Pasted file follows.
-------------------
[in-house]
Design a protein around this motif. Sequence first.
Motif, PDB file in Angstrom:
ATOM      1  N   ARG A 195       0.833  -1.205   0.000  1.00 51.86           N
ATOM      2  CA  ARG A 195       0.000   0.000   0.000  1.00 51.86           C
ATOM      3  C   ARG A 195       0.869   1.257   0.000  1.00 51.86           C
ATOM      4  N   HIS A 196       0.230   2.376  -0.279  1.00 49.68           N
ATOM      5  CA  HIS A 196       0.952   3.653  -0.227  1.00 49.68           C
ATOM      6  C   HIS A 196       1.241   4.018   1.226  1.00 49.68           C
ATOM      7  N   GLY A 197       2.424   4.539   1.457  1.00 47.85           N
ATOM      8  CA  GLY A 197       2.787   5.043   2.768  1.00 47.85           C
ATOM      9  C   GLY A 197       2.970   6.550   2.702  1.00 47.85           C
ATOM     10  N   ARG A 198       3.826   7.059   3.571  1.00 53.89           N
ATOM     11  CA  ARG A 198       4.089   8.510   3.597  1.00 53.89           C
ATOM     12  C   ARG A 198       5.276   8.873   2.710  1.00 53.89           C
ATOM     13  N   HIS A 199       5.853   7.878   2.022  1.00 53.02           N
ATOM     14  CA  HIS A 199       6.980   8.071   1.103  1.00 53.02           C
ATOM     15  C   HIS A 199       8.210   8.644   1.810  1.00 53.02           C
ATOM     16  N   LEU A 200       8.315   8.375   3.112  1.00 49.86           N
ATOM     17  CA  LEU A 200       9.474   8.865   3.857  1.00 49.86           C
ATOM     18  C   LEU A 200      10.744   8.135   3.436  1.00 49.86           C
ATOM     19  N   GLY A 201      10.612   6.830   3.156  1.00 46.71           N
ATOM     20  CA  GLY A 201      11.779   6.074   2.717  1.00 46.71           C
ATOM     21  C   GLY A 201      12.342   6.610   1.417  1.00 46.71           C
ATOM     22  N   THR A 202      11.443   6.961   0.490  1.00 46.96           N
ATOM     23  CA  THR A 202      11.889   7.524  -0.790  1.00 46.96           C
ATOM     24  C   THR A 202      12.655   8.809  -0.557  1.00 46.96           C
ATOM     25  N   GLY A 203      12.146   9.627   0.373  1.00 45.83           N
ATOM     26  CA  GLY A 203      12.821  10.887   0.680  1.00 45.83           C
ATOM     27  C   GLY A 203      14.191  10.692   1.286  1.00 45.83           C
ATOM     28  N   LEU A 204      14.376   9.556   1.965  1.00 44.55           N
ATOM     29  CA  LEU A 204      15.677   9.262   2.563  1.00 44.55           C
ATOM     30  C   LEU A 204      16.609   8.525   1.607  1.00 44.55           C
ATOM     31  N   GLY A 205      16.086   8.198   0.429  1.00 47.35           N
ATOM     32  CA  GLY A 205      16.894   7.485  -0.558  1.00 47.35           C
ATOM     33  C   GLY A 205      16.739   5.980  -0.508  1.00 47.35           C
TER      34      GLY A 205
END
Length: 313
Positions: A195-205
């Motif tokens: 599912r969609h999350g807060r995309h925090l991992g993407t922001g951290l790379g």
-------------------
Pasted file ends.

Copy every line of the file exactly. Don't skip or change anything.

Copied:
[in-house]
Design a protein around this motif. Sequence first.
Motif, PDB file in Angstrom:
ATOM      1  N   ARG A 195       0.833  -1.205   0.000  1.00 51.86           N
ATOM      2  CA  ARG A 195       0.000   0.000   0.000  1.00 51.86           C
ATOM      3  C   ARG A 195       0.869   1.257   0.000  1.00 51.86           C
ATOM      4  N   HIS A 196       0.230   2.376  -0.279  1.00 49.68           N
ATOM      5  CA  HIS A 196       0.952   3.653  -0.227  1.00 49.68           C
ATOM      6  C   HIS A 196       1.241   4.018   1.226  1.00 49.68           C
ATOM      7  N   GLY A 197       2.424   4.539   1.457  1.00 47.85           N
ATOM      8  CA  GLY A 197       2.787   5.043   2.768  1.00 47.85           C
ATOM      9  C   GLY A 197       2.970   6.550   2.702  1.00 47.85           C
ATOM     10  N   ARG A 198       3.826   7.059   3.571  1.00 53.89           N
ATOM     11  CA  ARG A 198       4.089   8.510   3.597  1.00 53.89           C
ATOM     12  C   ARG A 198       5.276   8.873   2.710  1.00 53.89           C
ATOM     13  N   HIS A 199       5.853   7.878   2.022  1.00 53.02           N
ATOM     14  CA  HIS A 199       6.980   8.071   1.103  1.00 53.02           C
ATOM     15  C   HIS A 199       8.210   8.644   1.810  1.00 53.02           C
ATOM     16  N   LEU A 200       8.315   8.375   3.112  1.00 49.86           N
ATOM     17  CA  LEU A 200       9.474   8.865   3.857  1.00 49.86           C
ATOM     18  C   LEU A 200      10.744   8.135   3.436  1.00 49.86           C
ATOM     19  N   GLY A 201      10.612   6.830   3.156  1.00 46.71           N
ATOM     20  CA  GLY A 201      11.779   6.074   2.717  1.00 46.71           C
ATOM     21  C   GLY A 201      12.342   6.610   1.417  1.00 46.71           C
ATOM     22  N   THR A 202      11.443   6.961   0.490  1.00 46.96           N
ATOM     23  CA  THR A 202      11.889   7.524  -0.790  1.00 46.96           C
ATOM     24  C   THR A 202      12.655   8.809  -0.557  1.00 46.96           C
ATOM     25  N   GLY A 203      12.146   9.627   0.373  1.00 45.83           N
ATOM     26  CA  GLY A 203      12.821  10.887   0.680  1.00 45.83           C
ATOM     27  C   GLY A 203      14.191  10.692   1.286  1.00 45.83           C
ATOM     28  N   LEU A 204      14.376   9.556   1.965  1.00 44.55           N
ATOM     29  CA  LEU A 204      15.677   9.262   2.563  1.00 44.55           C
ATOM     30  C   LEU A 204      16.609   8.525   1.607  1.00 44.55           C
ATOM     31  N   GLY A 205      16.086   8.198   0.429  1.00 47.35           N
ATOM     32  CA  GLY A 205      16.894   7.485  -0.558  1.00 47.35           C
ATOM     33  C   GLY A 205      16.739   5.980  -0.508  1.00 47.35           C
TER      34      GLY A 205
END
Length: 313
Positions: A195-205
């Motif tokens: 599912r969609h999350g807060r995309h925090l991992g993407t922001g951290l790379g």